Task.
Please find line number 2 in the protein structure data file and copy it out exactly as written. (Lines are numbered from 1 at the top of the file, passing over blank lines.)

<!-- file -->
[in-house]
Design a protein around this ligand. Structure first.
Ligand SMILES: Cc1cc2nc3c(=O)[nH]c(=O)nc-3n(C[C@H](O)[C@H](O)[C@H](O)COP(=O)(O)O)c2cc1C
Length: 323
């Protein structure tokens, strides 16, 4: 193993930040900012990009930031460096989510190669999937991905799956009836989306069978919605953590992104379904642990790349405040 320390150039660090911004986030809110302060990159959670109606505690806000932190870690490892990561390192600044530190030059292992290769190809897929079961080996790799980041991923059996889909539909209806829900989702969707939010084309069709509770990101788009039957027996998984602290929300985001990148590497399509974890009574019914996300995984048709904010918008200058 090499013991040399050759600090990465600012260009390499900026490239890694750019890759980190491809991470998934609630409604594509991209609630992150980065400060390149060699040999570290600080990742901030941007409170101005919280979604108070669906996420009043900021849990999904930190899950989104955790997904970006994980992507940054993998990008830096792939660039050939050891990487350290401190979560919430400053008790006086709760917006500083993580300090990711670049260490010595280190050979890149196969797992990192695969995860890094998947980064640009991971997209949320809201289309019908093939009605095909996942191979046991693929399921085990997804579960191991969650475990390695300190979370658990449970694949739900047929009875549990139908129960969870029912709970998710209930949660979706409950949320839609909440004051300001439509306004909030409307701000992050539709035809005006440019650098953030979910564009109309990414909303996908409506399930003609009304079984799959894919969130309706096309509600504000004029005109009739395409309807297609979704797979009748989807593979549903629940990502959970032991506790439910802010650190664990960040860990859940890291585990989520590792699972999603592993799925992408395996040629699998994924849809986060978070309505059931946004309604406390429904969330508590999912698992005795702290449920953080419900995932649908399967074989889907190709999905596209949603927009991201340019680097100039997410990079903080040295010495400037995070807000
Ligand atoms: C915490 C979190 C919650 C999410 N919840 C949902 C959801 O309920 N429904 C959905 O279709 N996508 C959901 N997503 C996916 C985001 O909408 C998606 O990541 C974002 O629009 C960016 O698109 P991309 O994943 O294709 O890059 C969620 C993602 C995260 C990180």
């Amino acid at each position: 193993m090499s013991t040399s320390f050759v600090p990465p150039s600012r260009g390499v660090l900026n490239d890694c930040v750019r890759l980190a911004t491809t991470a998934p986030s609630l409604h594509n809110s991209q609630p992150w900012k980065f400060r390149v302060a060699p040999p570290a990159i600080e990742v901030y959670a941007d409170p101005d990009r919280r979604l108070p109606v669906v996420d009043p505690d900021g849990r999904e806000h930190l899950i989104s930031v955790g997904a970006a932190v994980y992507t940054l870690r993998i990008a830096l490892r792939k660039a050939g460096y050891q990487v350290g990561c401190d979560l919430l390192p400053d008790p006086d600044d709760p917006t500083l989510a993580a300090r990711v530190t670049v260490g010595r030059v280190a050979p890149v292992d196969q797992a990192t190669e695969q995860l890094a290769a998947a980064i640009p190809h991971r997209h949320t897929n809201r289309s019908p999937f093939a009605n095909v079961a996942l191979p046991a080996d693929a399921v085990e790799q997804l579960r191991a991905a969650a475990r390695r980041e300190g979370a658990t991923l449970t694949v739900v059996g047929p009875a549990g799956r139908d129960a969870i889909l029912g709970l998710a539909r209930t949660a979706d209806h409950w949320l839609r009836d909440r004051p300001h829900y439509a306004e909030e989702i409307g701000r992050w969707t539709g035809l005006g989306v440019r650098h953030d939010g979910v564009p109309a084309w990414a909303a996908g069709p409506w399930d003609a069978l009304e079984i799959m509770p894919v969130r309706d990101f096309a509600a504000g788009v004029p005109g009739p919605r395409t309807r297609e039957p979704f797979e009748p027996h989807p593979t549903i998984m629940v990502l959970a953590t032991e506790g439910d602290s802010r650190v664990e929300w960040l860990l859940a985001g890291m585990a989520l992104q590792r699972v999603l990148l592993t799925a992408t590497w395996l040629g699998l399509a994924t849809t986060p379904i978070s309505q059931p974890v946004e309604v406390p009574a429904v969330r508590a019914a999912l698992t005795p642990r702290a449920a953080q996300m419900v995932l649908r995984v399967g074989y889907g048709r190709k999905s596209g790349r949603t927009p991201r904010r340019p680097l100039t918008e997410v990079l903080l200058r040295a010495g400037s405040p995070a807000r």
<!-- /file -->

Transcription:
Design a protein around this ligand. Structure first.